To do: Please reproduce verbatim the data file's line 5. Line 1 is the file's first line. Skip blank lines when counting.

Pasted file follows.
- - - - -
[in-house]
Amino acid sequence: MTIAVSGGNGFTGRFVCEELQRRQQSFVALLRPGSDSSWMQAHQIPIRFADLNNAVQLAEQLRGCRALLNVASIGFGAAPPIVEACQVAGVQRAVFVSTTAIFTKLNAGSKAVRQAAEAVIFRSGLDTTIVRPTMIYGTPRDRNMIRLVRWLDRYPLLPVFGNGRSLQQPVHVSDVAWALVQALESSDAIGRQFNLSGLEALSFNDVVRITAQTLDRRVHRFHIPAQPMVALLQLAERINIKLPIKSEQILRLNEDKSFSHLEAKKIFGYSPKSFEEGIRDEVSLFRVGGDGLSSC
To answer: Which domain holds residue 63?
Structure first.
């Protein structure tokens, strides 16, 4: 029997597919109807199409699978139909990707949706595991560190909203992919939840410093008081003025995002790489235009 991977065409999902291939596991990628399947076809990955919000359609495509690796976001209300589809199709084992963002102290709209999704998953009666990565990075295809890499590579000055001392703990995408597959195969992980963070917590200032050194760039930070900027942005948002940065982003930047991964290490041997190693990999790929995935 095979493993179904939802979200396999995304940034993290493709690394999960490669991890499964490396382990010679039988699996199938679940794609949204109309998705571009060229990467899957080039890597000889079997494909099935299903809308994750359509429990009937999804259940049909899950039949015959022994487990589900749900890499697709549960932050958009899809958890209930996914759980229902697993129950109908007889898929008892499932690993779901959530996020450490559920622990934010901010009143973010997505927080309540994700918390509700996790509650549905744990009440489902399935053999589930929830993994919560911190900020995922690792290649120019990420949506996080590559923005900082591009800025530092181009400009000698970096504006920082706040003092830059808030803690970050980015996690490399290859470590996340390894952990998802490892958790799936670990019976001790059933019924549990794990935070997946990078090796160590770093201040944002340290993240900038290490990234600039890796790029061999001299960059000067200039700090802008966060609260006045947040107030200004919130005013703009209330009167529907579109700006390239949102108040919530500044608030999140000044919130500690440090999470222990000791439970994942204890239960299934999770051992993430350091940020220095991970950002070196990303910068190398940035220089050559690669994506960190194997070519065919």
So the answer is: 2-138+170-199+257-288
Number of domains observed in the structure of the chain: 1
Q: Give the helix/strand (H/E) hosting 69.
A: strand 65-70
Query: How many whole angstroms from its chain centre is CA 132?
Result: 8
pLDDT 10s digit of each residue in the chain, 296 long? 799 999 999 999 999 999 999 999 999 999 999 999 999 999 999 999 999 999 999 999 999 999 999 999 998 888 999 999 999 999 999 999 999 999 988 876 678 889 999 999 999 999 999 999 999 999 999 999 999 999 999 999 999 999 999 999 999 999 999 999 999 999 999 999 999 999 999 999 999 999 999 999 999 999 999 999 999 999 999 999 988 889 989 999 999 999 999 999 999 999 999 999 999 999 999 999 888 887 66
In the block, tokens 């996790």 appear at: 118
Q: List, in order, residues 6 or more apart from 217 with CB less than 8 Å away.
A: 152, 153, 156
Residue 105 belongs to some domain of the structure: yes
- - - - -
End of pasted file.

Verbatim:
């Protein structure tokens, strides 16, 4: 029997597919109807199409699978139909990707949706595991560190909203992919939840410093008081003025995002790489235009 991977065409999902291939596991990628399947076809990955919000359609495509690796976001209300589809199709084992963002102290709209999704998953009666990565990075295809890499590579000055001392703990995408597959195969992980963070917590200032050194760039930070900027942005948002940065982003930047991964290490041997190693990999790929995935 095979493993179904939802979200396999995304940034993290493709690394999960490669991890499964490396382990010679039988699996199938679940794609949204109309998705571009060229990467899957080039890597000889079997494909099935299903809308994750359509429990009937999804259940049909899950039949015959022994487990589900749900890499697709549960932050958009899809958890209930996914759980229902697993129950109908007889898929008892499932690993779901959530996020450490559920622990934010901010009143973010997505927080309540994700918390509700996790509650549905744990009440489902399935053999589930929830993994919560911190900020995922690792290649120019990420949506996080590559923005900082591009800025530092181009400009000698970096504006920082706040003092830059808030803690970050980015996690490399290859470590996340390894952990998802490892958790799936670990019976001790059933019924549990794990935070997946990078090796160590770093201040944002340290993240900038290490990234600039890796790029061999001299960059000067200039700090802008966060609260006045947040107030200004919130005013703009209330009167529907579109700006390239949102108040919530500044608030999140000044919130500690440090999470222990000791439970994942204890239960299934999770051992993430350091940020220095991970950002070196990303910068190398940035220089050559690669994506960190194997070519065919």